Summertime – J.M. Coetzee

I don’t know what’s happened with my blogs of late they seem to be getting later and later. I was quite a way ahead a few weeks ago but with all this Man Booker Long List reading I am doing far more reading than blogging. That’s not a complaint by the way it’s just something I have noticed. Anyway in the frankly glorious sunshine we had in London I managed to finish reading ‘Summertime’ though the content of the book didn’t quite match the title as ‘summery’ is not how I would describe my first foray into the writings of Coetzee. 

‘Summertime’ is a very clever novel and all at once a very confusing one. It is fiction and yet is the memoirs of J.M. Coetzee. Hang on let me explain… this is a fictional novel written by a researcher who is writing a biography of John M. Coetzee after his death. He meets with five people who were important in Coetzee’s life in the 1970’s when Coetzee was living in South Africa with his Dad himself a grown adult and as many say ‘fathers were not meant to live their lives with sons’.

The start and end of the book are two sections of the Coetzee’s notebooks (are these real or fiction – we never know) that look at his life at that time and in many ways the relationship he had with his father and see’s Coetzee not only reflective but also questioning himself. These are the notebooks we learn that inspire the researcher after reading them and has used to form the book on Coetzee he is writing. Are you keeping up with this? It’s easier to read than it sounds I will admit.

The people the nameless researcher interviews are an interesting collection. Julia a married woman with a child who John had an affair with, even though by the sounds of it it wasn’t a particularly enjoyable relationship between them somehow it went on and bizarrely started sparks in Julia’s dead marriage for a time. I slightly wish this has been the final part of the book as I found this the most insightful and interesting into both Coetzee how he was deemed to see women and also how he lived with his father as Julia stays there for a time. The next interviewee also stayed with them for a while, Margot his cousin discusses their childhood love for each other and his sudden return from “jail in America” and what a changed man he was. Adriana, a Brazilian dancer, believed he was infatuated with her and even more inappropriately her daughter whom he taught. Martin was a friend he made when they both failed an interview, and didn’t quite seem to have a point at only ten pages long. Finally there is Sophie a colleague and lover he had.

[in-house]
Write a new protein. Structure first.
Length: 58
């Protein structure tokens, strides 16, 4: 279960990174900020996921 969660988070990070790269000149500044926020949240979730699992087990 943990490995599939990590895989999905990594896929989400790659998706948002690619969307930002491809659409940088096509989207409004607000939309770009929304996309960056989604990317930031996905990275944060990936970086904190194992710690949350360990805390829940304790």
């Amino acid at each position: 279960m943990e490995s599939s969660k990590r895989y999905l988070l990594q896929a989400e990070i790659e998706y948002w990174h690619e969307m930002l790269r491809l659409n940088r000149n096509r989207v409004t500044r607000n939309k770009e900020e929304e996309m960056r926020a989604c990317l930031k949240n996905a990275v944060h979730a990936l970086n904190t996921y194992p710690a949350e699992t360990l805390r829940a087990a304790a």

In fact this book to me seemed less about father and son and more about Coetzee and his relationship with women. In fact with the mentioning on several occasions of the possibility that Coetzee was a homosexual by all interviewee’s and the researcher I was expecting Martin to have been a lover also, maybe a dalliance.

It is written incredibly well and despite being a complex idea, I don’t know if the other two novels in his fictional memoirs are the same format, he makes the whole thing work and actually read in parts like fiction, in others like research and interviews and then also like a work of non fiction. I couldn’t work out, which riled me somewhat, whether with the fact the researcher always mentions ‘he sold well but was never popular, the public never took to him’ if he is being bitter, ironic or wanting sympathy. I also couldn’t work out if all the tales of what an odd, awkward and dark person Coetzee was, Coetzee is in fact wanting sympathy or doubly proving he is trying to be unbiased.

I was definitely left wondering how much of ‘Summertime’ is fact and how much really is fiction? Either way it’s a great read, one I would recommend to people looking for something different but very readable. I was new to Coetzee and would certainly read more.